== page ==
County spokeswoman Cari Gerchick said the board can hold Arpaio in civil contempt and impose fines if he or a sheriff’s representative doesn’t show up at the hearing on May 24. It was not immediately known how much the board would seek if it decides to fine the sheriff.
The board, which voted 5-0 to order the sheriff to the hearing, believes Arpaio used an unspecified amount of sales-tax money that was dedicated to jail operations to cover the salaries of some employees who didn’t work in jails. Last year, the sheriff’s office received $109 million from the tax, county officials said.
“The sheriff really doesn’t think he has to comply with producing his financial records to anybody,” said County Manager David Smith. “I think no one can thumb their nose at the public interest.”
Arpaio’s office, which has called the subpoena an attempt to harass the sheriff, said he is speaking with attorneys about the order to appear at the hearing and declined to comment further.
Arpaio and county officials have been embroiled in a political feud for more than a year. The sheriff and his chief ally, former County Attorney Andrew Thomas, have said they were trying to root out corruption by making criminal cases against two county supervisors, while county officials say the investigations were baseless and that Thomas and sheriff were abusing their power.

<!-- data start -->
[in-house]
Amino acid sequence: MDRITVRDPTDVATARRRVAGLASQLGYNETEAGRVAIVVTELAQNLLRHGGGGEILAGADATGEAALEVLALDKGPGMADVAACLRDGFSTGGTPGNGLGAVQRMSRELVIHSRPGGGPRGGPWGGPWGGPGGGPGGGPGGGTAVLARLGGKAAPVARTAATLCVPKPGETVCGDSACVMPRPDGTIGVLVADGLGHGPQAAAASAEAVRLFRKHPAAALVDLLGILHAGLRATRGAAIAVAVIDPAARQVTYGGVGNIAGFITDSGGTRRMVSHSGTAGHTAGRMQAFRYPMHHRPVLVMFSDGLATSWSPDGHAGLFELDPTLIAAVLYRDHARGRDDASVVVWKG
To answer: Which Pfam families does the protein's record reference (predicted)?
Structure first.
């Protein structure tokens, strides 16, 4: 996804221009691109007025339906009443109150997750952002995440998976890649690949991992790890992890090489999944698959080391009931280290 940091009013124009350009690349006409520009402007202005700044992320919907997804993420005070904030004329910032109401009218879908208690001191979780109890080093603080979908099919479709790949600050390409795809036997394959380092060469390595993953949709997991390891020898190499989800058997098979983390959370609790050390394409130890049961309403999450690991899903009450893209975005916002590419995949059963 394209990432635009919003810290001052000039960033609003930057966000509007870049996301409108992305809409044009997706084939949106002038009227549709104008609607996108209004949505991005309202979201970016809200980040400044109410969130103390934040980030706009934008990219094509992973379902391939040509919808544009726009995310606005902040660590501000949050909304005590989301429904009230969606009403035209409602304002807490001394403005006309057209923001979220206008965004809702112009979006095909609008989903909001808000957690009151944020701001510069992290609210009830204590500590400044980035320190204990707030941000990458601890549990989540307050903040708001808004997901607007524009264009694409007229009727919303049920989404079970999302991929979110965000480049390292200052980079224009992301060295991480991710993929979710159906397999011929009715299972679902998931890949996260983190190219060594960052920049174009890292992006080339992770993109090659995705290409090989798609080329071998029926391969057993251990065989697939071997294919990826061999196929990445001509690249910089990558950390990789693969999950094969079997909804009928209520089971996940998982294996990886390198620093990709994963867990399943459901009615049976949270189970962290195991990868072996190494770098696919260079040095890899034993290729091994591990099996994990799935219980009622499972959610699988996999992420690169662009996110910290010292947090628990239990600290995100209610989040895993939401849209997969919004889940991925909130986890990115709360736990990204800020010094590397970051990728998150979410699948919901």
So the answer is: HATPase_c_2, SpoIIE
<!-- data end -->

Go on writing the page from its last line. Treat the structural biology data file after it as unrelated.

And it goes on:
Criminal charges against Supervisors Mary Rose Wilcox and Don Stapley were dismissed after a judge ruled that Thomas had a conflict of interest in pressing a case against Wilcox. The investigations of both officials have since been turned over to a prosecutor from another county.
The Board of Supervisors also is seeking records of county-issued credit cards for employees and information on bank accounts kept by the sheriff’s office.
A sheriff’s lawyer said in a letter last week that the county already has some of the records and that it would take weeks to gather the tens of thousands of documents needed to comply with the request.
County officials said they have gotten none of the records from two earlier requests and in their subpoena.
The subpoena wasn’t issued as part of a lawsuit. State law gives the board the power to issue subpoenas for getting people to attend its meetings and hand over records on developments for which it has jurisdiction.